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Kenya’s Odinga says he’ll challenge close election loss

"What we saw yesterday was a travesty and blatant disregard of the constitution."

NAIROBI, Kenya (AP) — Kenyan opposition figure Raila Odinga said Tuesday he’ll challenge the results of the close presidential election with “all legal options” after Deputy President William Ruto was declared the winner, bringing new uncertainty to a country where the vote was widely considered to be its most peaceful.

Now East Africa’s most stable democracy faces weeks of disputes and the possibility that the Supreme Court will order a fresh election. Already, religious and other leaders have pleaded for calm in a country with a history of deadly post-election violence.

“Let no one take the law into their own hands,” Odinga said to his supporters.

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This was his first appearance since Kenya’s electoral commission chairman on Monday declared Ruto the winner with almost 50.5% of the votes. Four of the seven commissioners abruptly announced they couldn’t support the results, and Odinga supporters scuffled with the remaining commissioners at the declaration venue.

Shortly before Odinga spoke, the four commissioners asserted to journalists that the chairman’s final math added up to 100.01% and that the excess votes would have made a “significant difference.” They also said he didn’t give them a chance to discuss the results before his declaration.

“What we saw yesterday was a travesty and blatant disregard of the constitution,” Odinga said, calling the election results “null and void.”

The 77-year-old Odinga has pursued the presidency for a quarter-century. His campaign has seven days after Monday's declaration to file a petition with the Supreme Court, which would then have 14 days to make a ruling.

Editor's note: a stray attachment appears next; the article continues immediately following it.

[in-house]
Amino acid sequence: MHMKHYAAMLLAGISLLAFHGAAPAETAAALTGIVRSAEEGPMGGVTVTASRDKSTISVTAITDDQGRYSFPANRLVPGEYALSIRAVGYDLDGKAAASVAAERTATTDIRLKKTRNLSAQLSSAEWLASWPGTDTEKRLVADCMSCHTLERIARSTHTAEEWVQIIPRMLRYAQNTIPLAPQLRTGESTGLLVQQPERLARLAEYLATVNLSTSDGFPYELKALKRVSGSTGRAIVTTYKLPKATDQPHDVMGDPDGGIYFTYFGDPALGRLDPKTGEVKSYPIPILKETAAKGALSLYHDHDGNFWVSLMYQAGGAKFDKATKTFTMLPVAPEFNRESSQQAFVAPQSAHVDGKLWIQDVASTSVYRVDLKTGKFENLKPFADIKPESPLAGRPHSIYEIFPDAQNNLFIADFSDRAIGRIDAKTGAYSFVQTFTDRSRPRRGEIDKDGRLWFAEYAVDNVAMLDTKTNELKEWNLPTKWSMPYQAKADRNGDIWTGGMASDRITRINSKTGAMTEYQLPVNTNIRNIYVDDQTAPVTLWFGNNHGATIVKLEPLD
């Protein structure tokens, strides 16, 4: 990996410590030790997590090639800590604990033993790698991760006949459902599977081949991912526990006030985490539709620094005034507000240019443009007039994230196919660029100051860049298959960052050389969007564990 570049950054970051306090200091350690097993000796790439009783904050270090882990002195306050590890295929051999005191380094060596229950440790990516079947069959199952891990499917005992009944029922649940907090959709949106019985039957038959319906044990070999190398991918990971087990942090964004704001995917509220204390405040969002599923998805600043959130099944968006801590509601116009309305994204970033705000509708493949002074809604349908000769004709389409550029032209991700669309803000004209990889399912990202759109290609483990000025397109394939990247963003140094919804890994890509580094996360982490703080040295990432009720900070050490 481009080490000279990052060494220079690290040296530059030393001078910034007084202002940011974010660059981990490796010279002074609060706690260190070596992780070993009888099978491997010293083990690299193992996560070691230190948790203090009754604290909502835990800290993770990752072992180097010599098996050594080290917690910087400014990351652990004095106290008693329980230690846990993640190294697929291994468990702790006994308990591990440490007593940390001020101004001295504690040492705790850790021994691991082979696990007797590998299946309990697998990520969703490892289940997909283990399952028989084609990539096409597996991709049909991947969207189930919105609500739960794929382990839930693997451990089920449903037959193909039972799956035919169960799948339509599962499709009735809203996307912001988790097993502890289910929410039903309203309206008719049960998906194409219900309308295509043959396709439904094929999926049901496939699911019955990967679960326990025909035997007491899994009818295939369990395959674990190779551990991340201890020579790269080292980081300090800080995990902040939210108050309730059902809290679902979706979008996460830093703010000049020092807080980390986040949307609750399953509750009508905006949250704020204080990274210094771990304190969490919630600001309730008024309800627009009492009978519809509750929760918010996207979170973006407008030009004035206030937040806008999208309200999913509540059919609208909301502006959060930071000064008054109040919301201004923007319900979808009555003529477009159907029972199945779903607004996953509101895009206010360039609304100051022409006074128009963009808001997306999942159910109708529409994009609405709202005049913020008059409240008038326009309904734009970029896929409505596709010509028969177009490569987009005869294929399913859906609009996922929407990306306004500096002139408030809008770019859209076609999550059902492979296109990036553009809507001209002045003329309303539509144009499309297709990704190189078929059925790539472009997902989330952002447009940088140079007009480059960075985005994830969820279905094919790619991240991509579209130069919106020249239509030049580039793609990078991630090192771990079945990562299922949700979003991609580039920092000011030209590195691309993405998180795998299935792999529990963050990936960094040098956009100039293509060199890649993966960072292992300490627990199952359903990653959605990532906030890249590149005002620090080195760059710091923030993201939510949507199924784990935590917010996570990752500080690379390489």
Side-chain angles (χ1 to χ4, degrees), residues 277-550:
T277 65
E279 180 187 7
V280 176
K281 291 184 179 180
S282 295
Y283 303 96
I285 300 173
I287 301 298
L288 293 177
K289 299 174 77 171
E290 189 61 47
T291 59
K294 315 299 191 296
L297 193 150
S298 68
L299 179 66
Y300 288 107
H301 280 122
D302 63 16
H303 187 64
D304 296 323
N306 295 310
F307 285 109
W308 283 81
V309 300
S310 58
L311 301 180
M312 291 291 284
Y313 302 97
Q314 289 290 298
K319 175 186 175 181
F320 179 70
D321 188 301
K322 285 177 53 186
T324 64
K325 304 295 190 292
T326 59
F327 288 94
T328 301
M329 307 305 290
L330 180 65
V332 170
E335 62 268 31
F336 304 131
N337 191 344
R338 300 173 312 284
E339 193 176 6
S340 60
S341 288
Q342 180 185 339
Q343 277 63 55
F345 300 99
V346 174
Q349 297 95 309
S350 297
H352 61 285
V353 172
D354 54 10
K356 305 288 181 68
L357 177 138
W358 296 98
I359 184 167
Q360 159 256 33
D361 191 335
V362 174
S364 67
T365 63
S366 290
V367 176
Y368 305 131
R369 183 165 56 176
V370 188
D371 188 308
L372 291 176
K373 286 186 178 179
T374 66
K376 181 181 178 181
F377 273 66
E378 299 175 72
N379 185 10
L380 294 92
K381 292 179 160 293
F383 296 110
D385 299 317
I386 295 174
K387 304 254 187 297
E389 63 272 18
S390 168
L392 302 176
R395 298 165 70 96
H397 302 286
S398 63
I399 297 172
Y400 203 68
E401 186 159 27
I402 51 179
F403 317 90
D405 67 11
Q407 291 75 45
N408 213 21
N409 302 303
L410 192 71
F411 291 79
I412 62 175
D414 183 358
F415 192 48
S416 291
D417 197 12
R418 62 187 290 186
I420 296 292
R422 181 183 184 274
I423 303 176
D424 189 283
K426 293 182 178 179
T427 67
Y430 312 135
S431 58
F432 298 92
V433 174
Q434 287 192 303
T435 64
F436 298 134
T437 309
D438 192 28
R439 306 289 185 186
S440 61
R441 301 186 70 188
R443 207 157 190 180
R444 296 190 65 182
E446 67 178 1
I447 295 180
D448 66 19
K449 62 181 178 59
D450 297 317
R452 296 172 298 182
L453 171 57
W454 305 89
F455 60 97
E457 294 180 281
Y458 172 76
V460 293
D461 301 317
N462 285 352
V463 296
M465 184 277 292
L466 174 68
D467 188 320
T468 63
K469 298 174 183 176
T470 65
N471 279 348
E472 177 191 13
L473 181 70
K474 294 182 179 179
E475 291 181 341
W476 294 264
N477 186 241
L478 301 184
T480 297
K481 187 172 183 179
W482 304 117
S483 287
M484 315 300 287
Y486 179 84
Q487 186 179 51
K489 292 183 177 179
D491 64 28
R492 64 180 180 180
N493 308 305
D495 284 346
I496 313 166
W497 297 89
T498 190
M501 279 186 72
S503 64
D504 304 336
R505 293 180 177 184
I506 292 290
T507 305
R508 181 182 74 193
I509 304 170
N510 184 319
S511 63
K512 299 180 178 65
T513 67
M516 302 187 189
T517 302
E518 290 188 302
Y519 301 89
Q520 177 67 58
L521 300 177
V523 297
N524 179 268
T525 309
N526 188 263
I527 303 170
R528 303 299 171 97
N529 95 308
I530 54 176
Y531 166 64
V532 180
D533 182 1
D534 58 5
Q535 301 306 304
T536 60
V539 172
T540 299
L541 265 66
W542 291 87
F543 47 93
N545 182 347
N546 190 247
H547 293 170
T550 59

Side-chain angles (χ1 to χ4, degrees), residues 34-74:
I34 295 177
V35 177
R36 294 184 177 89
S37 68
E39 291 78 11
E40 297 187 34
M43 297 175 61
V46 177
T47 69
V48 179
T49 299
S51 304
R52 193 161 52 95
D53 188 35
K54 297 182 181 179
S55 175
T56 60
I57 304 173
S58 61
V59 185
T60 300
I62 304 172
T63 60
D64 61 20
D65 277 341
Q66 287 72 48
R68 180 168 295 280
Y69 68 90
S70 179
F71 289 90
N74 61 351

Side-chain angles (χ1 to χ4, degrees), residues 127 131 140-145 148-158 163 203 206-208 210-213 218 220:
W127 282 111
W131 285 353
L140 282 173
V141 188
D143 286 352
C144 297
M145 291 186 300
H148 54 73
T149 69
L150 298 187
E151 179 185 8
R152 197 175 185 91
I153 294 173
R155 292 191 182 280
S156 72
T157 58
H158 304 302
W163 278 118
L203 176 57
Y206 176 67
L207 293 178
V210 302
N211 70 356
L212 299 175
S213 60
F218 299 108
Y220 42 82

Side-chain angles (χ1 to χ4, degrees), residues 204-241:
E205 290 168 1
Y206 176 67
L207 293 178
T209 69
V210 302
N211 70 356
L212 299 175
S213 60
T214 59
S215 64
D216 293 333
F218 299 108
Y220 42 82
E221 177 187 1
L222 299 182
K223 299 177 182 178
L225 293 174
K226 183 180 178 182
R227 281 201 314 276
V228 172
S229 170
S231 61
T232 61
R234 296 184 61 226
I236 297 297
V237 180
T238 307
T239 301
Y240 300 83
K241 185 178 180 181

The electoral commission had been widely seen as improving its transparency in this election, practically inviting Kenyans to do the tallying themselves by posting online the more than 46,000 results forms from around the country.

On Tuesday, the local Elections Observation Group announced that its highly regarded parallel voting tally “corroborates the official results” in an important check on the process.

But Odinga asserted that only the electoral commission chairman could see the final results before the declaration. “The law does not vest in the chair the powers of a dictator,” he said, and insisted that decisions by the commission must be taken by consensus.

Odinga's campaign had expected victory after outgoing President Uhuru Kenyatta in a political twist backed his former rival Odinga instead of his own deputy president.

The 55-year-old Ruto appealed to Kenyans by making the election about economic differences and not the ethnic ones that have long marked the country's politics with sometimes deadly results. He portrayed himself as an outsider from humble beginnings defying the political dynasties of Kenyatta and Odinga, whose fathers were Kenya’s first president and vice president.

Still, the turnout in last Tuesday’s vote dipped to 65% as Kenyans across the country of 56 million expressed frustration and lack of confidence that the candidates would address the problems of rising prices, high unemployment and widespread corruption. The now-wealthy Ruto himself has faced and denied multiple allegations of land grabs and other graft.

As a growing number of African leaders issued statements congratulating Ruto, Kenya's outgoing president remained silent.

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By CARA ANNA Associated Press

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